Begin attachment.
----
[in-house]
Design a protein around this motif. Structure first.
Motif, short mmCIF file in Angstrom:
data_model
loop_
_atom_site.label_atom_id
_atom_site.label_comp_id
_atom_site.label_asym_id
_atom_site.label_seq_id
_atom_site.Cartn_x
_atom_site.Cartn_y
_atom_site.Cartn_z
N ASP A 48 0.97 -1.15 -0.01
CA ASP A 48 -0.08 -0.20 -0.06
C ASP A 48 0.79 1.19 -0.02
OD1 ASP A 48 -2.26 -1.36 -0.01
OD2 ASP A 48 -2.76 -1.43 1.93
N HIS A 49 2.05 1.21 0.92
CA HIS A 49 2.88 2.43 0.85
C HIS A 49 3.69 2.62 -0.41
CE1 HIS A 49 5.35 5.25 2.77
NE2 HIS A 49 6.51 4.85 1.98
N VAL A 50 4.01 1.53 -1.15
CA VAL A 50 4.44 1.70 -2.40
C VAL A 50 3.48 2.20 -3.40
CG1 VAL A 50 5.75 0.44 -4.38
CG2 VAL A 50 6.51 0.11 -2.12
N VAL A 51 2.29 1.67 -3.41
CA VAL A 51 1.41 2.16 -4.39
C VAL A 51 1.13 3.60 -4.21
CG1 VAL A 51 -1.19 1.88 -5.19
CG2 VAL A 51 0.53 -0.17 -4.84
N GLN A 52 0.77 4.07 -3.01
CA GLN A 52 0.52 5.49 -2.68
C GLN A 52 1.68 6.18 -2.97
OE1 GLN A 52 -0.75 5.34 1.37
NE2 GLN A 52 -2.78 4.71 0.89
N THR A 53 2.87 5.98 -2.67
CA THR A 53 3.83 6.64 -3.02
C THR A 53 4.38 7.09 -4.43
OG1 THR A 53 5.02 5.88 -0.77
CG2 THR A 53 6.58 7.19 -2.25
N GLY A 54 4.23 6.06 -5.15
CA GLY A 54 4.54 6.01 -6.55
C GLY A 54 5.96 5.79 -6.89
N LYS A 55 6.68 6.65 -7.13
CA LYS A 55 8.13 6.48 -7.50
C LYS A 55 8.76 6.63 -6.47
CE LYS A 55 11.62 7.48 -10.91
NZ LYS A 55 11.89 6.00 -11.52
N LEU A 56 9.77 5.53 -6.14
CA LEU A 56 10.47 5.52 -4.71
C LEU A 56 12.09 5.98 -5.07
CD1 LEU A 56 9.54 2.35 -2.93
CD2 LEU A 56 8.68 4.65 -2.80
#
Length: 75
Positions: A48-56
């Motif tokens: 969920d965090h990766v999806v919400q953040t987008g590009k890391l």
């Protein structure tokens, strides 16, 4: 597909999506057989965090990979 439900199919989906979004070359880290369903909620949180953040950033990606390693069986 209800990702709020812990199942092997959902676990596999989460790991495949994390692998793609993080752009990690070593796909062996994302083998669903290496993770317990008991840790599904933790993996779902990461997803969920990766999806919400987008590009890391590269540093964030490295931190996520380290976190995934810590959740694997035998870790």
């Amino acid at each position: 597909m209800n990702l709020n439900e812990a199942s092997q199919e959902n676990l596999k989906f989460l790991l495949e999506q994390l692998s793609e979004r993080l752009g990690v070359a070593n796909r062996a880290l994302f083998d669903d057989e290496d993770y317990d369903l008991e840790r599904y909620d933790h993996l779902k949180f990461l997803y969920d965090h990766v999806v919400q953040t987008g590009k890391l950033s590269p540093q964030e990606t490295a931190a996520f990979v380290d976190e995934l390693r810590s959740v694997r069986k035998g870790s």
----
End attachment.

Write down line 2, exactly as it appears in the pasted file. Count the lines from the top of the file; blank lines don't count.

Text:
Design a protein around this motif. Structure first.